clock menu more-arrow no yes mobile

Filed under:

Four low-cost options the Astros should take a look at for rotation depth

This names could make sense for Houston in its search for affordable, efficient, veteran starting pitchers.

Oakland Athletics v Seattle Mariners Photo by Lindsey Wasson/Getty Images

Hey, I know the Astros’ biggest needs are found in their outfield and their bullpen. But in a 162-game regular season, you can’t forget about the starting rotation, especially if you are loaded with young arms and, probably, won’t have Justin Verlander around in 2021.

After most starters needed to work only for 60-70 innings during the 2020 shortened season, they’ll need to go the regular 180-250 episodes in 2021. That will open the door for injuries, underperformance, and absences. That’s why the Astros need the depth they don’t have now.

Let’s take a look at the following five options...

1. RHP Félix Hernández

Baltimore Orioles v Atlanta Braves Photo by Joe Robbins/Getty Images

They don’t call him King Felix for nothing. This guy was one of the best pitchers in the West Division for years with the Mariners, won the Cy Young in 2010, and was the runner up in 2009 and 2014. It’s true he pitched poorly from 2017 to 2019, but he might have something left in the tank.

Last year, before sitting out due to COVID-19, he was close to earning a spot in the Braves rotation after pitching 13 23 innings of 13 hits and three earned runs in Spring Training, with no home runs, five walks, and 14 strikeouts (1.98 PCL across four starts). At 34, he might not be done yet and could come at a bargain price for the Astros. Besides, he knows the division better than anyone.

2. RHP Chris Archer

Washington Nationals v Pittsburgh Pirates Photo by Justin Berl/Getty Images

As with Félix Hernández, Archer was an elite pitcher five years ago as a member of the Rays. From 2013 to 2015, he started 89 games and recorded a 3.26 ERA (3.36 FIP, 1.186 WHIP).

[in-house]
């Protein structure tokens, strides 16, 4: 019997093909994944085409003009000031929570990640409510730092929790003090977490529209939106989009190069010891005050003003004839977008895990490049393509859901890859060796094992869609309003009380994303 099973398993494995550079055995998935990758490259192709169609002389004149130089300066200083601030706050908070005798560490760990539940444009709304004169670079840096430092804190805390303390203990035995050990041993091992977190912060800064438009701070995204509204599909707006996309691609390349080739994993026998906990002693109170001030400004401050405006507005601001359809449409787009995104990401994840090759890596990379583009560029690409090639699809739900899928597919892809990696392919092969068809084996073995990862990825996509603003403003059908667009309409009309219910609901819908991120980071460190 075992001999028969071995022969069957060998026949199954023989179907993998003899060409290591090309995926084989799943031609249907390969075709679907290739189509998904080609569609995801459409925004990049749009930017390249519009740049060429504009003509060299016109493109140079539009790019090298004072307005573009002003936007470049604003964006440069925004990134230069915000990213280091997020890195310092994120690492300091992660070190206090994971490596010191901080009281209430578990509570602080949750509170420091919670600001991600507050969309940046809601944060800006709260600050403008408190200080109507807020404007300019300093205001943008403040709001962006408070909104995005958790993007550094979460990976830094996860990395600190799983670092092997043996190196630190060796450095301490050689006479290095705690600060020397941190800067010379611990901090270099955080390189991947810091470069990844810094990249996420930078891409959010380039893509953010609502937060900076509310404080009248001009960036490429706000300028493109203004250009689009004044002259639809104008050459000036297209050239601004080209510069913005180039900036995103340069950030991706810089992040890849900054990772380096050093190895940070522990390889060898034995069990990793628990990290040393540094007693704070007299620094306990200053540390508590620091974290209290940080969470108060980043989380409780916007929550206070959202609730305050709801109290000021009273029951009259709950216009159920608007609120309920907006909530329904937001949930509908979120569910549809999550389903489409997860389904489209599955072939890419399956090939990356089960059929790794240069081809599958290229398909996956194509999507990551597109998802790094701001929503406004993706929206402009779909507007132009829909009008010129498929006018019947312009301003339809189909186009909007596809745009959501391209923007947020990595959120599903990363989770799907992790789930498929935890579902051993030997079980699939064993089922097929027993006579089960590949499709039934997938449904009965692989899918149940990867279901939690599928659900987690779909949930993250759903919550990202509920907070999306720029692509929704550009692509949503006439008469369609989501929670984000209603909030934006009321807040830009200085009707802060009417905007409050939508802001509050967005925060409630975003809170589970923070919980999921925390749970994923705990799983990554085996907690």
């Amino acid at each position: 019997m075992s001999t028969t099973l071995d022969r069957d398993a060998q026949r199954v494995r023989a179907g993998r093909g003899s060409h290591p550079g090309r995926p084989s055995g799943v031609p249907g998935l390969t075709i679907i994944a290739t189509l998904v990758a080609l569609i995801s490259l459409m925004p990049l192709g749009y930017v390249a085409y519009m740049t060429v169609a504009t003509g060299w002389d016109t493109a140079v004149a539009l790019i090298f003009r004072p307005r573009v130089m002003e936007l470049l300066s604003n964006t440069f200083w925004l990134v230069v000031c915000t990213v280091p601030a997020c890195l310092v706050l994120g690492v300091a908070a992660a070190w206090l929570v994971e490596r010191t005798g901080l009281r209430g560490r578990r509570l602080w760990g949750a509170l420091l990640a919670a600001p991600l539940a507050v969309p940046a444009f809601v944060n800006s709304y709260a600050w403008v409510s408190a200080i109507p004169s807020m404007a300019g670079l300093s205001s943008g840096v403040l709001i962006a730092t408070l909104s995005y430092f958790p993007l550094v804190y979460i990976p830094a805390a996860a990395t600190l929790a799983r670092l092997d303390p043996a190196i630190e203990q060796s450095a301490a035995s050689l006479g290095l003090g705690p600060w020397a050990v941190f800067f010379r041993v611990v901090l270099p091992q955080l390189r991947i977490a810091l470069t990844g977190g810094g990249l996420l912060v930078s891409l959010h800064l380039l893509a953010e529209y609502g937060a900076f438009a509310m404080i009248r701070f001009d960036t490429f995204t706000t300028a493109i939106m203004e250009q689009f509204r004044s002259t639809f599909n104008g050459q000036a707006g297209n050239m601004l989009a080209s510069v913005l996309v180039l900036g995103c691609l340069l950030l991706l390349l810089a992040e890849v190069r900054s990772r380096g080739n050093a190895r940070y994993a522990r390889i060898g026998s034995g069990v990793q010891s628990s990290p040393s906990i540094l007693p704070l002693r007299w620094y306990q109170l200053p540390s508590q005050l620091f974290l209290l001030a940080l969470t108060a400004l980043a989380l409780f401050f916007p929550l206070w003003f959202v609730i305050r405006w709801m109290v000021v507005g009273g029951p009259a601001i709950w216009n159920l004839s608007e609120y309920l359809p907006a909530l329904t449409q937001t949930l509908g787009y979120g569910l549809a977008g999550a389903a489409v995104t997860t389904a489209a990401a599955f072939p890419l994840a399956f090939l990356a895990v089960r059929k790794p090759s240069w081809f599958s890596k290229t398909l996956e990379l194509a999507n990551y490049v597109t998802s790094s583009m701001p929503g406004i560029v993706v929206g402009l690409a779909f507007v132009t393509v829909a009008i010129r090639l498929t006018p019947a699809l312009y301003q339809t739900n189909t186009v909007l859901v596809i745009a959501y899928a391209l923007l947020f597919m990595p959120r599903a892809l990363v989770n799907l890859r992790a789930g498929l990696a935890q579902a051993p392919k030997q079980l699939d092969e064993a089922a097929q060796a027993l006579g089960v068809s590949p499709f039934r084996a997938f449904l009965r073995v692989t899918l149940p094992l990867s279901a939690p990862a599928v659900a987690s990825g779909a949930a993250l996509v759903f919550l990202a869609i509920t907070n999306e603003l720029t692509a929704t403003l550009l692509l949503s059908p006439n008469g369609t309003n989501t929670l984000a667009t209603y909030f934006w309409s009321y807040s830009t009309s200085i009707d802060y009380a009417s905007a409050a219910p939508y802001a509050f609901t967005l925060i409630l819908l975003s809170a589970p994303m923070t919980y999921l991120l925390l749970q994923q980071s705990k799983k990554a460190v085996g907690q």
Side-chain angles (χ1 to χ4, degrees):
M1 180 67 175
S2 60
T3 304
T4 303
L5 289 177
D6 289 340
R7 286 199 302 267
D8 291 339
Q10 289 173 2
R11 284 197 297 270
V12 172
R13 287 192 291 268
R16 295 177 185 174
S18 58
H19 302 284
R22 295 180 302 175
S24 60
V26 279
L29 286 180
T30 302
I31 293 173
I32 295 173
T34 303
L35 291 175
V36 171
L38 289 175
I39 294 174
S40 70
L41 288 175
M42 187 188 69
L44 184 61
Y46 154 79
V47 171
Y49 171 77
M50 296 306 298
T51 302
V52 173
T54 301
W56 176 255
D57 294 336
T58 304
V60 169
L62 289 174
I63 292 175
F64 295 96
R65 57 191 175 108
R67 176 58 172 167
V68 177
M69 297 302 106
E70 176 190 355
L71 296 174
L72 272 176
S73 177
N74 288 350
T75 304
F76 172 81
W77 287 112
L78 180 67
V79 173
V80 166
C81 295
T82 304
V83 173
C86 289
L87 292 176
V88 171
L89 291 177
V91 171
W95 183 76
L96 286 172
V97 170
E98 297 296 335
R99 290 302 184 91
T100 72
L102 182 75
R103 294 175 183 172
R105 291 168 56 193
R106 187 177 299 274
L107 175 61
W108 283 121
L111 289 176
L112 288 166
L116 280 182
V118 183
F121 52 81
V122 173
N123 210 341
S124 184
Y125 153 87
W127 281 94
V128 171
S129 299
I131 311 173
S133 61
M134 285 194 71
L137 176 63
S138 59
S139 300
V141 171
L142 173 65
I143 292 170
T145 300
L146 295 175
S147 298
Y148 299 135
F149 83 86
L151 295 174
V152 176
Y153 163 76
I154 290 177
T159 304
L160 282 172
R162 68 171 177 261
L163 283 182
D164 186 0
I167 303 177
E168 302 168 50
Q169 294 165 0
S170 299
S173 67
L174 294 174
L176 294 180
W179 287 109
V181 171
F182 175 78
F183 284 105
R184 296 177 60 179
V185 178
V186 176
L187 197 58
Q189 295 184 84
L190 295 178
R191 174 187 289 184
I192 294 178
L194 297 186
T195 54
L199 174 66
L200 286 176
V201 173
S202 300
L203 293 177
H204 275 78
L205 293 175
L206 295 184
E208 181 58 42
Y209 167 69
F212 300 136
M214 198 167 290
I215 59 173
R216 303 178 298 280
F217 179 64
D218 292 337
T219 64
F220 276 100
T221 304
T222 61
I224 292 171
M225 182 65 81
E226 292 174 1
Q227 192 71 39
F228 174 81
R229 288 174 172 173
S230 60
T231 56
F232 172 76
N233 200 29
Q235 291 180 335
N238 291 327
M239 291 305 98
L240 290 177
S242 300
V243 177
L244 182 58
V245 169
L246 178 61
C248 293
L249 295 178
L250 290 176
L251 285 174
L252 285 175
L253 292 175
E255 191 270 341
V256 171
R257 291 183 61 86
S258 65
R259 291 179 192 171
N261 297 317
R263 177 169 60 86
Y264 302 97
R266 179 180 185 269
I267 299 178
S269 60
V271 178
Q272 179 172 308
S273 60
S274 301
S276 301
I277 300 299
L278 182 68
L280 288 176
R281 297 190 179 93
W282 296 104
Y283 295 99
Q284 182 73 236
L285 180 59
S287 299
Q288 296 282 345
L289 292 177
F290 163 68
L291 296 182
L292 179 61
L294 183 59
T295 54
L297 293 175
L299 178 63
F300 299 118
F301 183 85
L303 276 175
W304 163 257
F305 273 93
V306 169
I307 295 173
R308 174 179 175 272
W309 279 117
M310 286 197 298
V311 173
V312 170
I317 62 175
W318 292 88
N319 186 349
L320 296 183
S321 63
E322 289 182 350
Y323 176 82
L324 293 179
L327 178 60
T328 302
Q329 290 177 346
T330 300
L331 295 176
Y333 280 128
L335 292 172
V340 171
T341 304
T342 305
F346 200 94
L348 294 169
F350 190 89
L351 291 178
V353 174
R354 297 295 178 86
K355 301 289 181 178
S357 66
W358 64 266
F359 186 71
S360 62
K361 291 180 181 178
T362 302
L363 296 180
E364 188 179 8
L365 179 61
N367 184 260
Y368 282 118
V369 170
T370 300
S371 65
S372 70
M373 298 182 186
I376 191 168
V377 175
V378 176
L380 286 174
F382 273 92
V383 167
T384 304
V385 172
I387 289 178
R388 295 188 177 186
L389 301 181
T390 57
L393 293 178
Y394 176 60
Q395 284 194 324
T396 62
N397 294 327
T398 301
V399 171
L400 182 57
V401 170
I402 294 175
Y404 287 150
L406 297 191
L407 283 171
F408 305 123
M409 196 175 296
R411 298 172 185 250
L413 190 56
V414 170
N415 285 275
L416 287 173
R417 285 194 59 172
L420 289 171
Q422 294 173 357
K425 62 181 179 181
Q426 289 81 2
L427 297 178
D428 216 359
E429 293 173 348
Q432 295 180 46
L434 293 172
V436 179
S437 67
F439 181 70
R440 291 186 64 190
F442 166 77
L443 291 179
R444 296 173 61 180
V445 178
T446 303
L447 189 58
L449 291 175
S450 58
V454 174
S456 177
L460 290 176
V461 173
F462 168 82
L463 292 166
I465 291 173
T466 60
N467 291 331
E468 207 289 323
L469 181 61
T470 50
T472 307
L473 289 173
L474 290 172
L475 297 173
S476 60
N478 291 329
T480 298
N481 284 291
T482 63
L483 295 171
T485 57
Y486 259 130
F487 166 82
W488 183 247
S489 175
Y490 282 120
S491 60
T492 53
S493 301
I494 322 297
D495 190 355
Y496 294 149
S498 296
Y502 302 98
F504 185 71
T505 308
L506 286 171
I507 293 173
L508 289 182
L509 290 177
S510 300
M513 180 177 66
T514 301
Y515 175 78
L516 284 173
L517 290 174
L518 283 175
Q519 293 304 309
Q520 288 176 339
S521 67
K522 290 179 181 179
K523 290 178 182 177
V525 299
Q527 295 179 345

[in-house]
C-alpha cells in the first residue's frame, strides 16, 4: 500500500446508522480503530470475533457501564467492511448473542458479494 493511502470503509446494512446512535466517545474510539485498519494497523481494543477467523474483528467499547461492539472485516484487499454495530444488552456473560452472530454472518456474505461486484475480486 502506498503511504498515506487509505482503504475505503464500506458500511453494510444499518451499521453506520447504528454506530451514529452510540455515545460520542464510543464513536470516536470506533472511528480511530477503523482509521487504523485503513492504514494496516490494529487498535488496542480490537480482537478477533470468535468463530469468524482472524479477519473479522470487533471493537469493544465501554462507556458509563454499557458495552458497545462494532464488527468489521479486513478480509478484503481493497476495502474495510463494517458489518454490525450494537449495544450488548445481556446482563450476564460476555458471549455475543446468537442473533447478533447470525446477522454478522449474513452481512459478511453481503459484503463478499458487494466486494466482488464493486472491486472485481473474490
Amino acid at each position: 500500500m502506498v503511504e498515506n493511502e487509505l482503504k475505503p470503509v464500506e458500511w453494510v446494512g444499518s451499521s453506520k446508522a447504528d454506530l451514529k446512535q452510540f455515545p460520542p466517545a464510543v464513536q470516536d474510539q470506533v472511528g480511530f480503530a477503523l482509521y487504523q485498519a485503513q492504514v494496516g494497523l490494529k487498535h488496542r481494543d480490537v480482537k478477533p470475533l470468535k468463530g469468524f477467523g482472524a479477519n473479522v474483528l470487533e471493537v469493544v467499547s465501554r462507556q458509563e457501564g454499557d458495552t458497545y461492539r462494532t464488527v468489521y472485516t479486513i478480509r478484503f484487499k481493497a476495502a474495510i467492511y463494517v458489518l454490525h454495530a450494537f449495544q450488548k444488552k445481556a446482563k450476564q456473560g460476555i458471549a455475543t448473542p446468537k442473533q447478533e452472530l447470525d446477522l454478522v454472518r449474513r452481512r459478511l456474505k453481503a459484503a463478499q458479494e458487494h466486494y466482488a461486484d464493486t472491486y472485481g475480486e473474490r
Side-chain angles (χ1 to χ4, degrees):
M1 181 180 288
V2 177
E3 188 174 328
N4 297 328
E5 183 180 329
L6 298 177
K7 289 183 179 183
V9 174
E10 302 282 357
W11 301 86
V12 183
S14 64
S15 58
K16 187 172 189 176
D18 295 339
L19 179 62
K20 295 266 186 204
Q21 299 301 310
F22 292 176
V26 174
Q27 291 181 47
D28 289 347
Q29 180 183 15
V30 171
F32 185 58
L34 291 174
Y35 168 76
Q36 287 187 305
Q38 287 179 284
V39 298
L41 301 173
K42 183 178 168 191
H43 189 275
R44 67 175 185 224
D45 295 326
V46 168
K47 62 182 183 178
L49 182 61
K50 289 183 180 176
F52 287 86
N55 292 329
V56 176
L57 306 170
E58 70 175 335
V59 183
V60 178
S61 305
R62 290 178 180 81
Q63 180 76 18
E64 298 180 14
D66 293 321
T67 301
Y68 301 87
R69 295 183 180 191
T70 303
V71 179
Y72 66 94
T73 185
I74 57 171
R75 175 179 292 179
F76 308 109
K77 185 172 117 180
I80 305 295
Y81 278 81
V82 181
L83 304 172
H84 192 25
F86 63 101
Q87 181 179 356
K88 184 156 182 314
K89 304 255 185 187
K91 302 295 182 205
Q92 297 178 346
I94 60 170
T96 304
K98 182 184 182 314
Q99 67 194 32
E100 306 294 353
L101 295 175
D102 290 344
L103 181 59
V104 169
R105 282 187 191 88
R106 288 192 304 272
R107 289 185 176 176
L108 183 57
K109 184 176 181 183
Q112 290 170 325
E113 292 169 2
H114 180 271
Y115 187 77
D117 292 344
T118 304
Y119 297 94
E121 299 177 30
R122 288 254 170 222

And despite he hasn’t been the same lately, Archer still strikes out people with ease (10.8 K/9 in 2019). Even though he’s struggling with command and home runs per nine, he could get an opportunity to regain his shape in the American League with the Astros. He’s only 32 and could be another Brent Strom miracle, right?

3. LHP Rich Hill

Cleveland Indians v Minnesota Twins Photo by Hannah Foslien/Getty Images

Rich Hill is 40 years old, an age at which not too many guys can pitch effectively, but he seriously can. Although he’s not the most durable pitcher, Hill’s pitched to 6.7 H/9, 2.9 BB/9, and 10.4 K/9 ratios in 505 innings across 95 appearances (94 starts) since 2015.

In that span, he owns a 43-22 record and 584 strikeouts, most of them thanks to the marvelous curveball he’s still silencing bats with. Hill will turn 41 in March, but will surely get a lot of attention very soon.

4. RHP Mike Foltynewicz

Miami Marlins v Atlanta Braves Photo by Kevin C. Cox/Getty Images

The former Houston Astro is seeking a contract after a decent six-season run with the Braves. Folty wasn’t that good in 2019 and barely pitched in 2020, but his best performance is not too far behind: In 2018, he had his only All-Star campaign thanks to a showing of a 2.85 ERA and 202 punchouts across 183 episodes.

Foltynewicz could be looking for at least a two-year deal, but that can be reasonable due to his upside. The 29-year-old righty threw only 3 13 innings in 2020 and the velocity of his fastballs (sinker and four-seamer) fell from 94.9 MPH to 90.4 MPH, which could be a red flag despite the small sample size (31 pitches).


You’re James Click: If any, who do you sign?

This poll is closed

  • 8%
    Félix Hernández
    (65 votes)
  • 56%
    Chris Archer
    (437 votes)
  • 6%
    Rich Hill
    (48 votes)
  • 28%
    Mike Foltynewicz
    (219 votes)
769 votes total Vote Now